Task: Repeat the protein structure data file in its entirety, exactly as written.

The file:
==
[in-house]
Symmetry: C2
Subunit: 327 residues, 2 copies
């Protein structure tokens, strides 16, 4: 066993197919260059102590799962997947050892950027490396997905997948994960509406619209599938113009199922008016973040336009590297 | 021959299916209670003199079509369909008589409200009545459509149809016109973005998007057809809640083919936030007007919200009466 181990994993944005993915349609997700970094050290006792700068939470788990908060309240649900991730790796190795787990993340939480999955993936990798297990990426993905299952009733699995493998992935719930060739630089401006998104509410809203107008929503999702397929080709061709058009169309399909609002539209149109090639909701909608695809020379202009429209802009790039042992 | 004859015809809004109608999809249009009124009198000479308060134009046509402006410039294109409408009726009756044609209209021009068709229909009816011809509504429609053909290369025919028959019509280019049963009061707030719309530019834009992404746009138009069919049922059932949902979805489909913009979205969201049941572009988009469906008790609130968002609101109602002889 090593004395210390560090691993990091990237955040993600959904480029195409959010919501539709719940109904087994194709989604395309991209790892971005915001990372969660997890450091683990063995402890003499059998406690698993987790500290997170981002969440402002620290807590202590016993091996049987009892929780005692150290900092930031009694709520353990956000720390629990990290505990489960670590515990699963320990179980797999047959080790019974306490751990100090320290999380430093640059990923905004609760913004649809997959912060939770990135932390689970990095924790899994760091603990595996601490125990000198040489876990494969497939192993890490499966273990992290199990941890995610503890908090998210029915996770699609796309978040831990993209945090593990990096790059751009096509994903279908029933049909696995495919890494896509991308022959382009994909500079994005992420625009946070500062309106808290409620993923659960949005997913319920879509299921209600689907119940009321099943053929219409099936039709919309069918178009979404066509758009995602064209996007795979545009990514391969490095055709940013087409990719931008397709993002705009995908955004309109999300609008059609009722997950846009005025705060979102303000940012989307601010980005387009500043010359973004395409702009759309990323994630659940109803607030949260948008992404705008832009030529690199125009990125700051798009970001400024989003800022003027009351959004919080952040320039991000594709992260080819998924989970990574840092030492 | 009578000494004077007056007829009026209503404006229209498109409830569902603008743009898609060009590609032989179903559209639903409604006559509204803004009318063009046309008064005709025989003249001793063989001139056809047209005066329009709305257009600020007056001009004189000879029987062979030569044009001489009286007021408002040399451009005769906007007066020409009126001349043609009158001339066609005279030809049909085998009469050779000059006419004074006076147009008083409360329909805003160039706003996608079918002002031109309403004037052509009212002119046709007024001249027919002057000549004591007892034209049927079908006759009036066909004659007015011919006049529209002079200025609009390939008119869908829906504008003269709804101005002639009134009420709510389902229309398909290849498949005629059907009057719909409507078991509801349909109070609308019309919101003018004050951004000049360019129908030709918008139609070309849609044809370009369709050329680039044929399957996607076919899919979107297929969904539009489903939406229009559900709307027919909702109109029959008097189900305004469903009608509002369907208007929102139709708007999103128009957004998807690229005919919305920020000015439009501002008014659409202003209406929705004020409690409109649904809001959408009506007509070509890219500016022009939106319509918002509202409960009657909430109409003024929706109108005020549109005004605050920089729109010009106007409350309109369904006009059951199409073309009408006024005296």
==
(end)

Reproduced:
[in-house]
Symmetry: C2
Subunit: 327 residues, 2 copies
């Protein structure tokens, strides 16, 4: 066993197919260059102590799962997947050892950027490396997905997948994960509406619209599938113009199922008016973040336009590297 | 021959299916209670003199079509369909008589409200009545459509149809016109973005998007057809809640083919936030007007919200009466 181990994993944005993915349609997700970094050290006792700068939470788990908060309240649900991730790796190795787990993340939480999955993936990798297990990426993905299952009733699995493998992935719930060739630089401006998104509410809203107008929503999702397929080709061709058009169309399909609002539209149109090639909701909608695809020379202009429209802009790039042992 | 004859015809809004109608999809249009009124009198000479308060134009046509402006410039294109409408009726009756044609209209021009068709229909009816011809509504429609053909290369025919028959019509280019049963009061707030719309530019834009992404746009138009069919049922059932949902979805489909913009979205969201049941572009988009469906008790609130968002609101109602002889 090593004395210390560090691993990091990237955040993600959904480029195409959010919501539709719940109904087994194709989604395309991209790892971005915001990372969660997890450091683990063995402890003499059998406690698993987790500290997170981002969440402002620290807590202590016993091996049987009892929780005692150290900092930031009694709520353990956000720390629990990290505990489960670590515990699963320990179980797999047959080790019974306490751990100090320290999380430093640059990923905004609760913004649809997959912060939770990135932390689970990095924790899994760091603990595996601490125990000198040489876990494969497939192993890490499966273990992290199990941890995610503890908090998210029915996770699609796309978040831990993209945090593990990096790059751009096509994903279908029933049909696995495919890494896509991308022959382009994909500079994005992420625009946070500062309106808290409620993923659960949005997913319920879509299921209600689907119940009321099943053929219409099936039709919309069918178009979404066509758009995602064209996007795979545009990514391969490095055709940013087409990719931008397709993002705009995908955004309109999300609008059609009722997950846009005025705060979102303000940012989307601010980005387009500043010359973004395409702009759309990323994630659940109803607030949260948008992404705008832009030529690199125009990125700051798009970001400024989003800022003027009351959004919080952040320039991000594709992260080819998924989970990574840092030492 | 009578000494004077007056007829009026209503404006229209498109409830569902603008743009898609060009590609032989179903559209639903409604006559509204803004009318063009046309008064005709025989003249001793063989001139056809047209005066329009709305257009600020007056001009004189000879029987062979030569044009001489009286007021408002040399451009005769906007007066020409009126001349043609009158001339066609005279030809049909085998009469050779000059006419004074006076147009008083409360329909805003160039706003996608079918002002031109309403004037052509009212002119046709007024001249027919002057000549004591007892034209049927079908006759009036066909004659007015011919006049529209002079200025609009390939008119869908829906504008003269709804101005002639009134009420709510389902229309398909290849498949005629059907009057719909409507078991509801349909109070609308019309919101003018004050951004000049360019129908030709918008139609070309849609044809370009369709050329680039044929399957996607076919899919979107297929969904539009489903939406229009559900709307027919909702109109029959008097189900305004469903009608509002369907208007929102139709708007999103128009957004998807690229005919919305920020000015439009501002008014659409202003209406929705004020409690409109649904809001959408009506007509070509890219500016022009939106319509918002509202409960009657909430109409003024929706109108005020549109005004605050920089729109010009106007409350309109369904006009059951199409073309009408006024005296």